Inflation hedge? Bitcoin jumps after US consumer price data | Crypto News

Bitcoin extended its gains after data showed US consumer prices rose at the fastest pace in nearly four decades.

by Bloomberg

Bitcoin extended gains after a report showed that US consumer prices rose at the fastest pace in nearly four decades.

The largest cryptocurrency by market capitalization has long been touted as an inflation hedge, in part due to its constant supply. Bitcoin rose 4.4% to $50,101 in New York trading on Friday. The coin has been bouncing around the $50,000 level since the sudden crash over the weekend which saw it drop as much as 21% on Saturday.

“Bitcoin is still seen as an inflation hedge, especially for younger investors,” said Matt Malley, chief market analyst at Miller Tabak + Co. . “

Cryptocurrency proponents have long argued that Bitcoin and other digital assets, as a special asset class, can act as a hedge against fluctuations in other areas of the financial market. Only 21 million bitcoins will be traded under the computer protocol that governs the issuance, although this number is not expected to be reached for several decades.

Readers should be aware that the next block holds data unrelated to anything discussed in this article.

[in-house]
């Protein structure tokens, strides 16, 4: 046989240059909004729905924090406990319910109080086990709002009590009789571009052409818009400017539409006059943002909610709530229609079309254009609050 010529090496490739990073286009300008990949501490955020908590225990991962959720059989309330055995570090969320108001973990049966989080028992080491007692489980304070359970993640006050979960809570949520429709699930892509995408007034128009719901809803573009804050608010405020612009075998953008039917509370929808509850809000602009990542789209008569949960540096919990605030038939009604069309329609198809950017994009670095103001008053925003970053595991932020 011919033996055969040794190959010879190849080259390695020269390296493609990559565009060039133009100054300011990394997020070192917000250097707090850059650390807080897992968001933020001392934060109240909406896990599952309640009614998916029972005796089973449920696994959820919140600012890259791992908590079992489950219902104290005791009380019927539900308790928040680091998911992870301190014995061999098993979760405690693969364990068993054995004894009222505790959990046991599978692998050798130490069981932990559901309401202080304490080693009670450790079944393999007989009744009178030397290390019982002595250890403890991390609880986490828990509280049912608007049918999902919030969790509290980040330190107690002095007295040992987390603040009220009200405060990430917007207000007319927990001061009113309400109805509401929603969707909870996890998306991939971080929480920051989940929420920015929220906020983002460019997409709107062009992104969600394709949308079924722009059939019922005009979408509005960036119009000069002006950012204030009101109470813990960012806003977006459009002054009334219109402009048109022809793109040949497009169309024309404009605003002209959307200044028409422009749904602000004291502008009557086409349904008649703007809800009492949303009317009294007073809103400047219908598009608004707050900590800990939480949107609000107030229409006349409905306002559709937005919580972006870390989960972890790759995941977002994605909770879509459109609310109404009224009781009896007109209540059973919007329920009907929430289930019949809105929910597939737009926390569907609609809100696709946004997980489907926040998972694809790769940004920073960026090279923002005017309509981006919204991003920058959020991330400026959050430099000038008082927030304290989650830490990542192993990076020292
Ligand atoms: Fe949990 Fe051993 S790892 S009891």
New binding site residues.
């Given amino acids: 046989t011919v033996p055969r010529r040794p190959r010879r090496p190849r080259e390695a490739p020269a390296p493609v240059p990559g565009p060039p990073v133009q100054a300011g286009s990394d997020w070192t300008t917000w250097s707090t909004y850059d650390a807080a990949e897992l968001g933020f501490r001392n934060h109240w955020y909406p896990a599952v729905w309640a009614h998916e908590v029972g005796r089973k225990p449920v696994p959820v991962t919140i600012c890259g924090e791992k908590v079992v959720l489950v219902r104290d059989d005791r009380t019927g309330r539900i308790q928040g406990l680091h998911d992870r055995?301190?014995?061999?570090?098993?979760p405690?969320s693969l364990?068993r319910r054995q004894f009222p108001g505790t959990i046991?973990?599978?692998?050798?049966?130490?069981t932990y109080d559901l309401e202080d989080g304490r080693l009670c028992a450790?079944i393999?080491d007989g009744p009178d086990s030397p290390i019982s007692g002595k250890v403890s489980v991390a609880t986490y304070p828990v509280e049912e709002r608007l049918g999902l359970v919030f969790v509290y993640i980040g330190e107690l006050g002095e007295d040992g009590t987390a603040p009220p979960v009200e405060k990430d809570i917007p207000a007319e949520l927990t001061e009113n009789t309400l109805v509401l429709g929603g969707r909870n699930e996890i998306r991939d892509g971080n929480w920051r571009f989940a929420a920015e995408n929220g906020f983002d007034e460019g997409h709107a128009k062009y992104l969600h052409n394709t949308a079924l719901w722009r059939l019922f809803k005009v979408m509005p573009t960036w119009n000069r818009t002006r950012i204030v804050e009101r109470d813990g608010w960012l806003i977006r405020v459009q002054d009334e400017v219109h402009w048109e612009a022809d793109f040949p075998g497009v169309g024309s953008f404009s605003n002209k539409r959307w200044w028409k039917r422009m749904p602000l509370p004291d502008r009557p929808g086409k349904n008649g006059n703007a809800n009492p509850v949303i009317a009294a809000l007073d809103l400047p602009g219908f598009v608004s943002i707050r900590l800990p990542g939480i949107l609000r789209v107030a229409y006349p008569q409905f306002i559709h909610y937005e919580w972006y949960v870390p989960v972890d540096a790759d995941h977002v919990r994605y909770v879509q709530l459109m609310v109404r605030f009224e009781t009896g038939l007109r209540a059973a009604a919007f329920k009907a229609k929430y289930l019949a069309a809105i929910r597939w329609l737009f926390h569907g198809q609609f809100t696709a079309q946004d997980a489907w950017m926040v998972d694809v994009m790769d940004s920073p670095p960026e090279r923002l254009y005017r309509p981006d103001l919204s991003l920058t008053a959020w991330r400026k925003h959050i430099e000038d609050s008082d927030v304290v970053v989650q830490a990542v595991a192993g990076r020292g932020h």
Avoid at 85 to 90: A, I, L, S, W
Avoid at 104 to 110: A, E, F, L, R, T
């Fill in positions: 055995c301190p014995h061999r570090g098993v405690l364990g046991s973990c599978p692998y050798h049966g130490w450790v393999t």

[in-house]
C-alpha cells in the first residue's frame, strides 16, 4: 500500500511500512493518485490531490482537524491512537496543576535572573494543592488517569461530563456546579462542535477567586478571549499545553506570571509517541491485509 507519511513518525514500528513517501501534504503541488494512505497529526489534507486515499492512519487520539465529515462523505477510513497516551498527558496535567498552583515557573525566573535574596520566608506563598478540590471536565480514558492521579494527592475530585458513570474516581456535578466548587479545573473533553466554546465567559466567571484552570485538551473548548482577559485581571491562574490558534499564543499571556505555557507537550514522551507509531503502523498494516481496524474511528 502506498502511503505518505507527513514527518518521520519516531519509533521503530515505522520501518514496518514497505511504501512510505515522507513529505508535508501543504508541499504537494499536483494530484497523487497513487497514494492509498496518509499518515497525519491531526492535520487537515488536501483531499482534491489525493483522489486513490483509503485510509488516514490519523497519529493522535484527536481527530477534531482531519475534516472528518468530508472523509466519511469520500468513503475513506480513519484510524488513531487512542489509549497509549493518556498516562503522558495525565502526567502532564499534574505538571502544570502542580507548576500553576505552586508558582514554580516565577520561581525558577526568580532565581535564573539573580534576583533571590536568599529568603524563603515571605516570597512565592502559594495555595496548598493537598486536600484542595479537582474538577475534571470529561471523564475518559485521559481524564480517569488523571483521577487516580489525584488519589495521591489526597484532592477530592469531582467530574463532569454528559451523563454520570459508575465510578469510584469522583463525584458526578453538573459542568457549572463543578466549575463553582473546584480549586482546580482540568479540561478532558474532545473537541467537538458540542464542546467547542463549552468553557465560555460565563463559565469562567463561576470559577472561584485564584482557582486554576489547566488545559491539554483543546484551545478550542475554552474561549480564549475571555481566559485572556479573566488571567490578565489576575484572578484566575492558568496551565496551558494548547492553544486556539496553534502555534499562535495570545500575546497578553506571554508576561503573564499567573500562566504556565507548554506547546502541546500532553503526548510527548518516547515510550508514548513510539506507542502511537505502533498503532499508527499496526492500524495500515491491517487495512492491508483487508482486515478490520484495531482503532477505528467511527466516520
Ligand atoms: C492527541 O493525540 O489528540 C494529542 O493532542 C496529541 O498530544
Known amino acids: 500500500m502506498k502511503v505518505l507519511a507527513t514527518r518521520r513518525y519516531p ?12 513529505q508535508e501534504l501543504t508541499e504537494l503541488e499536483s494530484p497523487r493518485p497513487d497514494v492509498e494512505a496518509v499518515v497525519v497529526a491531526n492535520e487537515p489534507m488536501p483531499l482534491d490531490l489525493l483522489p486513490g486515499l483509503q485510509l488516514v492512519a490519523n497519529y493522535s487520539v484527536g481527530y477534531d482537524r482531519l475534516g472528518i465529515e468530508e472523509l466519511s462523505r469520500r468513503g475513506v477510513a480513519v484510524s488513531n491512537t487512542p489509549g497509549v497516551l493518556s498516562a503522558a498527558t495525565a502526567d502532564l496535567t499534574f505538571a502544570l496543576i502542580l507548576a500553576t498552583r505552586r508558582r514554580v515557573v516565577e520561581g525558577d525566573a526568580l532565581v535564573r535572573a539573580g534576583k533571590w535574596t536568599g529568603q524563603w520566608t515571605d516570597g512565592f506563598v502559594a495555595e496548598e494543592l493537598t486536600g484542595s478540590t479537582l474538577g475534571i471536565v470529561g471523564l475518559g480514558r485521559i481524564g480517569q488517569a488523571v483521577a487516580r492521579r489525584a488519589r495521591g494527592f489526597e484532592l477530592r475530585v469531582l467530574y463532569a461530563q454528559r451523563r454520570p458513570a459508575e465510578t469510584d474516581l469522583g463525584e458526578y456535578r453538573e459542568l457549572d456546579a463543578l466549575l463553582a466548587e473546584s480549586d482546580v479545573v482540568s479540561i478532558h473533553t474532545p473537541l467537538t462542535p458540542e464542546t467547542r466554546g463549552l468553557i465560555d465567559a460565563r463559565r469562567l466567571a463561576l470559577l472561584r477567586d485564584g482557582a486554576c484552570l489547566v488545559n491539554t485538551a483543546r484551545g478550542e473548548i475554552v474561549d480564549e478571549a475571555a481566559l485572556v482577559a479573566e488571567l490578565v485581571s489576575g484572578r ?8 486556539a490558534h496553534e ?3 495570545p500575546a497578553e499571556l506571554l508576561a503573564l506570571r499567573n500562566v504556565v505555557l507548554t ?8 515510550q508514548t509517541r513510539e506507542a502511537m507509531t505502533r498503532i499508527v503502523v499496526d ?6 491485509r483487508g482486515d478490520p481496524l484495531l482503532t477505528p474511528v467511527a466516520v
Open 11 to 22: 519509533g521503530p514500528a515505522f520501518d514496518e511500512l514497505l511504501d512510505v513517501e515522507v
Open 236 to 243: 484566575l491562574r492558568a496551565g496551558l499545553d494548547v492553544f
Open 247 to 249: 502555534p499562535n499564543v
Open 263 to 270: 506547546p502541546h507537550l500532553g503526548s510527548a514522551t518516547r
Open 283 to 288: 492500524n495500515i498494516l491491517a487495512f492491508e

Several prominent Wall Street investors and analysts have bought into the idea of ​​using cryptocurrencies as a hedge against price increases. Veteran hedge fund manager Paul Tudor Jones has said in the past that he loves it as a store of wealth. Meanwhile, MicroStrategy’s Michael Saylor said the Fed’s easing of its inflation policy helped persuade him to invest the enterprise software maker’s money in Bitcoin.

The consumer price index rose 6.8% last month from November 2020, according to Labor Department data released Friday. Those who keep a close eye on Bitcoin’s charts note that its gains accelerated after the data was released.

However, there are plenty of counter arguments, too. Correlations may not be what they appear, according to Mark Chandler, chief market strategist at Bannockburn Global Forex. He notes that stocks also rose after the report — so the correlation may be with risky assets, he says.

Others argue that Bitcoin hasn’t been around long enough to polish an inflation hedge. Plus, according to Cam Harvey, a professor at Duke University and partner at Research Affiliates, it behaves a lot like a speculative asset and is prone to cyclical meltdowns.

“If bitcoin is ‘digital gold’ and gold is an inflation hedge, then so is bitcoin, right? Unfortunately, there is no evidence to support this, and even the correlation between inflation and gold has been weak over the years,” wrote Noel Acheson of Genesis Trading, in a report. But in the long run, gold held its value more than its value while fiat currencies declined; Bitcoin may end up doing the same.”